Yeah, it was about when I joined UG that I even read it was bad, I think from Freepower back then. Thanks! I don't really know how, I just stopped doing it by not doing it. My hands are large so brush the body a bit, but I used to actually press a bit. When I stopped It made me feel more comfortable and free, without really effecting my speed or precision at all at first, then it soon got better faster than it would have I think. Also somehow it feels more dynamic, and better for hybrid and economy picking for sure. I still rest my palm a lot for muting, but it really wasn't too big an effort to change so I'd say to anyone -do it.

That was over 4 years ago, wonder how I'd play now if I never stopped anchoring. shit, I might've been a guitar god by now
Last edited by Tempoe at Jan 17, 2013,
My Last Words
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#17
Quote by Tempoe
wonder how I'd play now if I never stopped anchoring. shit, I might've been a guitar god by now


Lol, everytime I discover new flaws in my playing in the category "How come I didn't think of that earlier!!??" I AWAYS have that thought in my mind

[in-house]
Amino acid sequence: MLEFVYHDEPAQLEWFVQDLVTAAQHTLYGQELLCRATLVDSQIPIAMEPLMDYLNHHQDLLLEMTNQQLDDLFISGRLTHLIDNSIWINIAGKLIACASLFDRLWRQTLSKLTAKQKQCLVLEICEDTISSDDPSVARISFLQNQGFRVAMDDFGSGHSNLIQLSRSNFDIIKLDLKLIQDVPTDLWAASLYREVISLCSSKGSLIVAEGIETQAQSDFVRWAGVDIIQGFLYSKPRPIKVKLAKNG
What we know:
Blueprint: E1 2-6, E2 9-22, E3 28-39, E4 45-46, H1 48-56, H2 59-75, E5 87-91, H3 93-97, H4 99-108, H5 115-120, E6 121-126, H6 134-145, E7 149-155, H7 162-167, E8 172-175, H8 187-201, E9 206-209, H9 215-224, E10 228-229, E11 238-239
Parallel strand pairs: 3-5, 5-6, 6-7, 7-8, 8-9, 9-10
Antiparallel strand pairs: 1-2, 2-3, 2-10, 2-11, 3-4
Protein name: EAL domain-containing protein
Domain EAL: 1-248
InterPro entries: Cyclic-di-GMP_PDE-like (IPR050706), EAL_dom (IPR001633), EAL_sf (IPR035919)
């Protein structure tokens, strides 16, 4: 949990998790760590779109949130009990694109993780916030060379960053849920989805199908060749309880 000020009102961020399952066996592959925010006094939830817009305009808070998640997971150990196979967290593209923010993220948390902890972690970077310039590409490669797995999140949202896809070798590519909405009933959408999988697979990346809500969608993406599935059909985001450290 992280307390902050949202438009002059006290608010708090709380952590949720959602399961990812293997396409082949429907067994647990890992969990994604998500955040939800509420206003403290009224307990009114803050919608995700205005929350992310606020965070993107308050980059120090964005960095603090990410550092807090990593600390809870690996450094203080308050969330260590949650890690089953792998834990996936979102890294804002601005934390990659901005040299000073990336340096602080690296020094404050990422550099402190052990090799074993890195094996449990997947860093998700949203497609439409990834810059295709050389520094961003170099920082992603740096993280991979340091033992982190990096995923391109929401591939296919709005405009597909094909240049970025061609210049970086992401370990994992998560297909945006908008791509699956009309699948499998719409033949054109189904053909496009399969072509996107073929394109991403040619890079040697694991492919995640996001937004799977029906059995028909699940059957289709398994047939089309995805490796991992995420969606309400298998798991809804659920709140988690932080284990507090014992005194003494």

Sometimes I would like to start all over again with the knowledge I have right now, just to see how long it would take to get me where I'm now. Pretty interesting concept actually..
baab
Geldin
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#18
Quote by Andy Pollow
LMAO - If you anchor the middle and ring finger tips in one place and you use a picking motion like knocking on a door combined with elbow at the same time it is very relaxed - no tension at all.

Enjoy the carpal tunnel in your wrists and RSI or tennis elbow in your elbow.
sweetdude3000
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#19